Dating Kinky
Built by kinksters for kinksters, poly, queer, trans folk, and anyone not-quite-vanilla—and it’s FREE.

This writing is now available as a podcast episode!


In a forum devoted to men and developing their dominance, someone posted this:

My mind was attached to a specific image of what it meant to be manly. It invested its entire self-worth into preserving that image. My mind greatly undervalues my true worth.

Earlier this summer, as Pet and I talked over some plans for a weekend together, I wondered if we were trapping ourselves into a relationship dynamic that might hinder our growth, and determined that I’d talk to him about it at some point (I did), because I don’t want us to ever feel stifled or held back (neither does he).

And I also wonder about the traps we set for others, as well.

What does it mean to me when I meet a man or a woman or an enby? A submissive or a little or a furry? What does it mean when I call someone sexy or smart?

And am I boxing them in, in my mind, or am I allowing them to grow and become more as I know them better and learn more of their labels?

I’d like to think the latter.

I do mostly think the latter.

Do you?

This writing is now available as a podcast episode!


Unicorn Hunting is a touchy term in Polyamory circles.

So many single women have gotten burned by couples looking “for a third,” and then…well, I’ll get to this.

One of the biggest challenges surrounding this topic is, in my view, the communication of it.

As is often the case in specialized communities, non-monogamy and polyamory groups use language in ways that people outside those groups have hard time understanding.

Heck, we do this in kink. Using “dominant” as a noun and attaching many things to the concept WAY beyond what a vanilla person is likely to have come across in their daily life and living has led to much confusion.

But back to unicorns and hunting.

A unicorn in this case is a bisexual woman open to dating a couple as a triad.

Hunting in this case is the action of a couple seeking said unicorn.

Easy-peasy, right?

Yes.

Until you try to communicate with those “in the know,” and suddenly, it seems like you have veered off course into whakadoo land, because you have NO IDEA what they are railing about.

Unless you do.

Because Unicorn Hunting, as a concept in ENM and polyamorous communities is greater than the sum of it’s parts.

It doesn’t just mean “looking for a third who happens to be a bi woman willing to date us as a couple in a triad.”

It now refers to that looking AND to a range of problematic behaviors that often accompany that looking that remove the “ethical” from “ethical non-monogamy.”

Here are a few highlights:

  • The couple is a traditional cis-het man/woman couple.
  • They are likely less experienced in any forms of ENM than most others.
  • If they do have experience, it’s likely limited, and incomplete.
  • The couple makes the “rules” of relationship engagement without input from the unicorn. Often even after a relationship has grown.
  • There is a one penis policy in place, either explicitly or implicitly.
  • There is a rule or at least a strong expectation about the couple progressing at the same pace at all times in emotions and commitment feelings.
  • The relationship is kept discreet, thereby preventing the unicorn being included in normal family or work events, possibly even keeping the relationship secret from mutual friends.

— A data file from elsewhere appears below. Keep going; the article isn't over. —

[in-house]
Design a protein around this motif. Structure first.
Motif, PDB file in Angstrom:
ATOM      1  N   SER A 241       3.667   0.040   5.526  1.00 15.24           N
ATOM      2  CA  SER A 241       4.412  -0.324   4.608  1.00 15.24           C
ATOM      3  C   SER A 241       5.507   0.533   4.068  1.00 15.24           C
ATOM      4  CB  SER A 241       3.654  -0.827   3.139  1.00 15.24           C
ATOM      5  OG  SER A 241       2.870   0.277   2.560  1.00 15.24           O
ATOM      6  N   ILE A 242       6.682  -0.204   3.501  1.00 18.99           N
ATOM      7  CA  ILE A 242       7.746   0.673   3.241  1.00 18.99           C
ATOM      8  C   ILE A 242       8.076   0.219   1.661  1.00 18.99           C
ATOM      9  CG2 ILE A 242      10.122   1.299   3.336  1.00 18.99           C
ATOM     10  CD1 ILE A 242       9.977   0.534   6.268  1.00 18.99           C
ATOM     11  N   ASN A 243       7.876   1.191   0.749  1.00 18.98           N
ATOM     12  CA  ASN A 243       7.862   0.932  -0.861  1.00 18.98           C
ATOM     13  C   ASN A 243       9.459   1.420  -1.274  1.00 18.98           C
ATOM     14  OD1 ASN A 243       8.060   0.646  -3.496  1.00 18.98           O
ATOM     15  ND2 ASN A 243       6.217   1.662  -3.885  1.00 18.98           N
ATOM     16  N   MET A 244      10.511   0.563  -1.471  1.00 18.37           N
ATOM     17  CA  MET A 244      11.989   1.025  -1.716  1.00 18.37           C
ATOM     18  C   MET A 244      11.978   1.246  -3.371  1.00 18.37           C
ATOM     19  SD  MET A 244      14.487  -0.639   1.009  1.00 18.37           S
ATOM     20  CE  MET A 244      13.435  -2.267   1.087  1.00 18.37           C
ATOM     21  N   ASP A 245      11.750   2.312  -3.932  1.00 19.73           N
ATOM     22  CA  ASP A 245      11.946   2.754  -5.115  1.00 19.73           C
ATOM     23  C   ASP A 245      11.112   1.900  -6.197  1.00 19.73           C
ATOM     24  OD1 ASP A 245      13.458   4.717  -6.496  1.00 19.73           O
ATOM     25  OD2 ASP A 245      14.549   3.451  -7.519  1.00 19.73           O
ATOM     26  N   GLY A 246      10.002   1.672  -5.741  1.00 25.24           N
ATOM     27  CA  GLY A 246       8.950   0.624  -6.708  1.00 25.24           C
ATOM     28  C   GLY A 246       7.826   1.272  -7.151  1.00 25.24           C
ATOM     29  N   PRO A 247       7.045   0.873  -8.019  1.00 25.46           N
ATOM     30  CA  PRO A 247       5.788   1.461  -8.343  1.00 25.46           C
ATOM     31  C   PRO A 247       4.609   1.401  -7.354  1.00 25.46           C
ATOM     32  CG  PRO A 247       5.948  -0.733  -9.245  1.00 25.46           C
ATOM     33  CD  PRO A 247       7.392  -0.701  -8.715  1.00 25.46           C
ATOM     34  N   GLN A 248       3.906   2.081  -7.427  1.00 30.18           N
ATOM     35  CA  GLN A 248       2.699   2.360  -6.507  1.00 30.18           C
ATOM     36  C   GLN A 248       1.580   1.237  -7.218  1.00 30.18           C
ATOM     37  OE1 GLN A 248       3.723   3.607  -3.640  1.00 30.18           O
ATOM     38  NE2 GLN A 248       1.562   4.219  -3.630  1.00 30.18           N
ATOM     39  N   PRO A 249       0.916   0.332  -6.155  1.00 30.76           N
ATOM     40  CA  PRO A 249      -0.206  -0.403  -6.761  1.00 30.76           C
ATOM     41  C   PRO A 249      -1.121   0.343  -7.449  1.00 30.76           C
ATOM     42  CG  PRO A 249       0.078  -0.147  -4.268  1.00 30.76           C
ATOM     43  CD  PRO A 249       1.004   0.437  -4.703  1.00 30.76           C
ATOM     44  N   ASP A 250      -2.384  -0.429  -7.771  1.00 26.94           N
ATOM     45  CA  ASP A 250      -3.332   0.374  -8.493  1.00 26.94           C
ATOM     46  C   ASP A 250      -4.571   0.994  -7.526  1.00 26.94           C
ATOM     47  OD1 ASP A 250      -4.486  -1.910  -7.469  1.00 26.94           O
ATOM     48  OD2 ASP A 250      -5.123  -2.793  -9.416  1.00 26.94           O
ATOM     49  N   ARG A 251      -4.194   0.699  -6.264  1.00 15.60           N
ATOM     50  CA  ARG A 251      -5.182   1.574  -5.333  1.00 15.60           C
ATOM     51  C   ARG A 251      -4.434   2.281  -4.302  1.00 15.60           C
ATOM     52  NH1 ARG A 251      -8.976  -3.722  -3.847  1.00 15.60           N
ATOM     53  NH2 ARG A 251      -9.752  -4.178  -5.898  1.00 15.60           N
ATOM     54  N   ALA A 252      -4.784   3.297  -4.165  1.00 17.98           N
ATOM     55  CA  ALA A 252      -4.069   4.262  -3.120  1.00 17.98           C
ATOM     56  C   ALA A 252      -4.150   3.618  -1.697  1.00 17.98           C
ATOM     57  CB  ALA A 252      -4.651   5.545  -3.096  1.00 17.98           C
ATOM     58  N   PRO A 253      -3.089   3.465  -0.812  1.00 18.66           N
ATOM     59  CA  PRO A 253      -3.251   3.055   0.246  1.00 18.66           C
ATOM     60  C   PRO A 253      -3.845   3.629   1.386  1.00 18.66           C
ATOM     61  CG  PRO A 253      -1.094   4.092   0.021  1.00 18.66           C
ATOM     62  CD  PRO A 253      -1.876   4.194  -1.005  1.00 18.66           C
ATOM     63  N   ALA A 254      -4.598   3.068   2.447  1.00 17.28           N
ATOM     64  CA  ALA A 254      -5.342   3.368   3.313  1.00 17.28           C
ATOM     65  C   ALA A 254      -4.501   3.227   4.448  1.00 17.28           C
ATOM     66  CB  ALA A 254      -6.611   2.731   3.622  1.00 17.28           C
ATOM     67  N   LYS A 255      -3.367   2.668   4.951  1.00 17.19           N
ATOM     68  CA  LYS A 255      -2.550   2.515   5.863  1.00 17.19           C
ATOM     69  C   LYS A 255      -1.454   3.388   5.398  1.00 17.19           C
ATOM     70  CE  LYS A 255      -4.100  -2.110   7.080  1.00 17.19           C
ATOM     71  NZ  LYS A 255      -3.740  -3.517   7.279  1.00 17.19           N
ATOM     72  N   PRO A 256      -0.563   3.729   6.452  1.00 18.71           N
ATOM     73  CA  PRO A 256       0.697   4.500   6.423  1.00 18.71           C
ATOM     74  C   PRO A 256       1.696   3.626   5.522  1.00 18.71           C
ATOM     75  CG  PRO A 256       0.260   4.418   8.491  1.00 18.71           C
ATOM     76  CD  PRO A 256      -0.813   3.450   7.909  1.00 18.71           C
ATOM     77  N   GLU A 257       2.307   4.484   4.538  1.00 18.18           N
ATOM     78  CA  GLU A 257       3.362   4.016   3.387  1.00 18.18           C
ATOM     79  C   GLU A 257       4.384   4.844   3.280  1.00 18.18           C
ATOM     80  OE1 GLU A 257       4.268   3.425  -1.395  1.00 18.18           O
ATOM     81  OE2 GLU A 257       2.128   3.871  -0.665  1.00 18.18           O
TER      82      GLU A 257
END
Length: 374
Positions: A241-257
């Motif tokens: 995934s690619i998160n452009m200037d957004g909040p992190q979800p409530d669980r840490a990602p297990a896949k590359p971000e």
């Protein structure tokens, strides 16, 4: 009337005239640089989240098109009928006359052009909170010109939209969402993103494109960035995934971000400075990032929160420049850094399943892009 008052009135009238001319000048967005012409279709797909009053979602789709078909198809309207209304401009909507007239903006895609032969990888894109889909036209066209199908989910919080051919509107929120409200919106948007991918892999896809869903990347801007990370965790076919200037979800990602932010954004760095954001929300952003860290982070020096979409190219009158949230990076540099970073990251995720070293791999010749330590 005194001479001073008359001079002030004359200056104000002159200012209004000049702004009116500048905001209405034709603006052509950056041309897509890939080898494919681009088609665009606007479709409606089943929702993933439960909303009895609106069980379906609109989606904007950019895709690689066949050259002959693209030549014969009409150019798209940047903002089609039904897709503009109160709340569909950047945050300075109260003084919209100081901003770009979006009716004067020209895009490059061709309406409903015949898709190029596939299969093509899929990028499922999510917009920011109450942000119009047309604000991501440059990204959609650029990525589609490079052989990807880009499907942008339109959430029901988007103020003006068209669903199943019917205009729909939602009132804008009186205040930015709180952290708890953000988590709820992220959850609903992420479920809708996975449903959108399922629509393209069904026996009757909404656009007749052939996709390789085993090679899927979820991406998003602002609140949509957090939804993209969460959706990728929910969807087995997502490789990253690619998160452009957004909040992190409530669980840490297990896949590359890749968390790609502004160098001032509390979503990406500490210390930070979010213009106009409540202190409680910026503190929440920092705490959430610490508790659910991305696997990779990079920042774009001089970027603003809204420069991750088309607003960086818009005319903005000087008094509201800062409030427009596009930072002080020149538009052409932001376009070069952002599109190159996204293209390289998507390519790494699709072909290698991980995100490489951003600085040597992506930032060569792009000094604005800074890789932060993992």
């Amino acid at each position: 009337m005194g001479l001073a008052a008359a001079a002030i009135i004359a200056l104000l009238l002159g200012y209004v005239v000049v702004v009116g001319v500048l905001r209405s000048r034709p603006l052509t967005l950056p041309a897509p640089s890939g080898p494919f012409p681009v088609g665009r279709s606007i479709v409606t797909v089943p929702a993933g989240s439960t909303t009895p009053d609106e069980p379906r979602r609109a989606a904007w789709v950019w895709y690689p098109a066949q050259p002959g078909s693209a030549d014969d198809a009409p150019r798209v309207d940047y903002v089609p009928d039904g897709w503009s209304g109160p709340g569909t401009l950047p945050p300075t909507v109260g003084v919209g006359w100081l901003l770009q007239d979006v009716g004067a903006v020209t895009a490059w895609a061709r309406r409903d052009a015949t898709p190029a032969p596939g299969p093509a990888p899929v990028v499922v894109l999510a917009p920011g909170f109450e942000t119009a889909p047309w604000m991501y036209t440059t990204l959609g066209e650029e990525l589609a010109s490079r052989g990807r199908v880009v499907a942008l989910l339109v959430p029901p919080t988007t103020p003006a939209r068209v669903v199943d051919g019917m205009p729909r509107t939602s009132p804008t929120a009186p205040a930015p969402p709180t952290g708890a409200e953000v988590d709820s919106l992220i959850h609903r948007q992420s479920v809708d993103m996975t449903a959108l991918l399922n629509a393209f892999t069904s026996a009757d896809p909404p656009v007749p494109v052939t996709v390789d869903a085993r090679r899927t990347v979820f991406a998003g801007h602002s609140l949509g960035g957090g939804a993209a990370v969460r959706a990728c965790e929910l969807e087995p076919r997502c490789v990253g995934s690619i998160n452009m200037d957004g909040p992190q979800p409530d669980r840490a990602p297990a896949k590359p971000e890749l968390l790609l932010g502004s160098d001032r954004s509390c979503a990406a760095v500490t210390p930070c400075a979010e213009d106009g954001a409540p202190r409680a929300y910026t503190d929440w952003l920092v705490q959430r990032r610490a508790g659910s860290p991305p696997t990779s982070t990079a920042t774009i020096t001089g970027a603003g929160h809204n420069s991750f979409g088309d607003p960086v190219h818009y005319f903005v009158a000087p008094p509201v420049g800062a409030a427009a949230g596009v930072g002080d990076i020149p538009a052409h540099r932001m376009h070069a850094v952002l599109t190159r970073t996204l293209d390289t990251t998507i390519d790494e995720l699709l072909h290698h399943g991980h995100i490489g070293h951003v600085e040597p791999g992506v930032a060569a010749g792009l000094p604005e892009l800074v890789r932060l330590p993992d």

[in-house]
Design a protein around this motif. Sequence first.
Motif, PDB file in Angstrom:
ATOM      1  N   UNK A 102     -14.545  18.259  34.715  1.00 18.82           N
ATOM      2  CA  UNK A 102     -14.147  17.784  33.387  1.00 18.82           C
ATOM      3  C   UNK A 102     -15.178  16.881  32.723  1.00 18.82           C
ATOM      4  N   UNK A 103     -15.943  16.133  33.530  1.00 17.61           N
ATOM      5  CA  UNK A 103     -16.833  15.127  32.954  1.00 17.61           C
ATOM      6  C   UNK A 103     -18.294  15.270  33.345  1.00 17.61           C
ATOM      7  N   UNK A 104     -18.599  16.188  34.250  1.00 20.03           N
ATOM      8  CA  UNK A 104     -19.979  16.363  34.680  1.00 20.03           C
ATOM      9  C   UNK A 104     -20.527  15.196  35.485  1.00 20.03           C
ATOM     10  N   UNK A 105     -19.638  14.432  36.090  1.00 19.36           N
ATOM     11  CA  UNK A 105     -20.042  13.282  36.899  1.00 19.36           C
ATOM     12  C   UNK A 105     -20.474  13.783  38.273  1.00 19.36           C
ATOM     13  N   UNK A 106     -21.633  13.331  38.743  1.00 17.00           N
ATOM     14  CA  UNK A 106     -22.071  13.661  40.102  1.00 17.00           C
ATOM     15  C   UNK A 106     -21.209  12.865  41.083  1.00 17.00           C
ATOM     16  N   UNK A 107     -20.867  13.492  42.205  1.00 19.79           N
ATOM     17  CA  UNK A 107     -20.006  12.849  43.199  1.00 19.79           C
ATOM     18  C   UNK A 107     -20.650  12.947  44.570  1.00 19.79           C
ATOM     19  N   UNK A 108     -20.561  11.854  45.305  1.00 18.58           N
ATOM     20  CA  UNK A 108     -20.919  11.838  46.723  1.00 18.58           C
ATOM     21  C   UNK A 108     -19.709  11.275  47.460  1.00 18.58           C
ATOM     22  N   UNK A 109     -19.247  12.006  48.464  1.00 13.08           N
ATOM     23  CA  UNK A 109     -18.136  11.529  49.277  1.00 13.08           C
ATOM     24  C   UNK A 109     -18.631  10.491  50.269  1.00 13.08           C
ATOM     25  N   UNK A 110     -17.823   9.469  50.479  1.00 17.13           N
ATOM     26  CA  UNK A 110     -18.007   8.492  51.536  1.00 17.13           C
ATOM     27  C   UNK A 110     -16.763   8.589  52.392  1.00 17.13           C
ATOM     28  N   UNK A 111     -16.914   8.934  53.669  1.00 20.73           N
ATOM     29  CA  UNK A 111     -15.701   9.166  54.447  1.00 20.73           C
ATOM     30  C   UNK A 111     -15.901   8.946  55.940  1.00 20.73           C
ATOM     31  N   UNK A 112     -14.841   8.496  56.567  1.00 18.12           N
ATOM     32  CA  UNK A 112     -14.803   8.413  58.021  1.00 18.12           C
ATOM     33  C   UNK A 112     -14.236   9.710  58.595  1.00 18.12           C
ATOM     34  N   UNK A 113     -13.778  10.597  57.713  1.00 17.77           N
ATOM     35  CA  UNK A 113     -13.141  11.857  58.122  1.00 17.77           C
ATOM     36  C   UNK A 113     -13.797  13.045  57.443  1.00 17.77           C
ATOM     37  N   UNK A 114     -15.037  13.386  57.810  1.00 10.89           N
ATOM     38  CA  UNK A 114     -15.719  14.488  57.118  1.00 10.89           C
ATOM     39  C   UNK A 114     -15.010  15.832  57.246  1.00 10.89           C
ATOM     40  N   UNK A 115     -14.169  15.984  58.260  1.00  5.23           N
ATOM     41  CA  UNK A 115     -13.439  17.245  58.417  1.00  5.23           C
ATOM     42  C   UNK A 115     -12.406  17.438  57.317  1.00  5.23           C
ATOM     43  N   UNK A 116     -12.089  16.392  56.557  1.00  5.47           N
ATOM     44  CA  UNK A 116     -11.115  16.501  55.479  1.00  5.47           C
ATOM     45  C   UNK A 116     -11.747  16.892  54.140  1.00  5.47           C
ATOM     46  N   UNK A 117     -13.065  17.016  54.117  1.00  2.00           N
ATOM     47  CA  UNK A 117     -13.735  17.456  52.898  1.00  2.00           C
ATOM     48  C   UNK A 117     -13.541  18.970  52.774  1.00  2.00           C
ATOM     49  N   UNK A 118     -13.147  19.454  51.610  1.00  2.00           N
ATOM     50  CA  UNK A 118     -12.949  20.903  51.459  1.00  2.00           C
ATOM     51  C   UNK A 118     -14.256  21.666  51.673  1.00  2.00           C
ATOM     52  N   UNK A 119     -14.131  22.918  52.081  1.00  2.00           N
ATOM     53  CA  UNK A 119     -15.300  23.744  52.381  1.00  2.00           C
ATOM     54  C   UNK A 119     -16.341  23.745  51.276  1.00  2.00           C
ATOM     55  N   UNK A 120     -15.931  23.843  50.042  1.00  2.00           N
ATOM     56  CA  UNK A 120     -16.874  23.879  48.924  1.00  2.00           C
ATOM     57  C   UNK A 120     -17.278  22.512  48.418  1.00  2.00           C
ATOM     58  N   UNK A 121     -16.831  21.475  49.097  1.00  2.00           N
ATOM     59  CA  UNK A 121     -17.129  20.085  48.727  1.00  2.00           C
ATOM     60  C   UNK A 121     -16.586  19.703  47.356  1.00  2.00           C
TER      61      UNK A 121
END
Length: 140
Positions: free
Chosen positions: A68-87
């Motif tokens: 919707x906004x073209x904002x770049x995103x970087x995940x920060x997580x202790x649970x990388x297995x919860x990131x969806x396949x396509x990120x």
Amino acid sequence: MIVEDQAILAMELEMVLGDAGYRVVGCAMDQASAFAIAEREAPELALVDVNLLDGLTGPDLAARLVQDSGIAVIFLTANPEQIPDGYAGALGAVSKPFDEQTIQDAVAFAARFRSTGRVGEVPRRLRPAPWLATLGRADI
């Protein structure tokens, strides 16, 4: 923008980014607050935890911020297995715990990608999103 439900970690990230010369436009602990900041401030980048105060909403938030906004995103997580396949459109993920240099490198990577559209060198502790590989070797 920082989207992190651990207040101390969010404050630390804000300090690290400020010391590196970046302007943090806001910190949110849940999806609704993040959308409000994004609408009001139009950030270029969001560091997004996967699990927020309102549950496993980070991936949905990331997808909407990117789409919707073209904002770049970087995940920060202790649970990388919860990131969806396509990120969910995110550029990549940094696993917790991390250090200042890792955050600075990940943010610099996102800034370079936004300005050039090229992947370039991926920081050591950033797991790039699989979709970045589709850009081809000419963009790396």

• The couple expects their “unicorn” to be both sexually and romantically exclusive.
  • They also demand that the unicorn is attracted to them both equally and interested in only having group sex.
  • The couple are not looking to bring her fully into their relationship because that might put her between them.
  • The couple always takes precedence over the unicorn.

These things are rarely spoken up-front, but instead the relationship is allowed to progress “naturally,” and these things are brought up as they are relevant, often causing pain and conflict, because really, the unicorn was NOT told what she was signing up for, and feels dehumanized and boxed in to a role, instead of feeling like her personhood is being taken into account.

After all, the couple has usually negotiated the terms of the relationship before the unicorn even exists. The box she’ll have to live in has been partially built before they even know her name. If she’s looking for something different, she may not even be aware that’s off the table, until it becomes a problem in the relationship.

It really boils down to a lack of consent.

“Well, she had to know the risks.”

No, she didn’t.

There are people out there who don’t practice this sort of hierarchical relationship style.

And it’s SOOOO easy to get caught up in the NRE—the couple does it, not even bringing up all that they had talked about, to not ruin the mood, or because it slipped their mind until something was about to go sideways (or did).

There’s more, of course. I’ll probably write more about this. However, I think the critical point has been made:

Unicorn hunting does not just refer to a couple looking for a unicorn.

It refers to that whole host of problematic behaviors and more.

Ok, Sure. But What’s a Minotaur?

The guy version of a unicorn. Also called a dragon.

Same thing happens here, although it’s LESS often. Minotaurs or dragons are far more rare.

Bull Procurement?

So, yeah. In cuckolding and hotwifing, the second guy is often called a bull.

  • He is not necessarily bi (although he may be—he is there primarily for the woman of the couple).
  • He knows up front the status and primacy of the couple (or not—some couples do look for a bull to take over and dominate the relationship).
  • Often a 100% transactional relationship.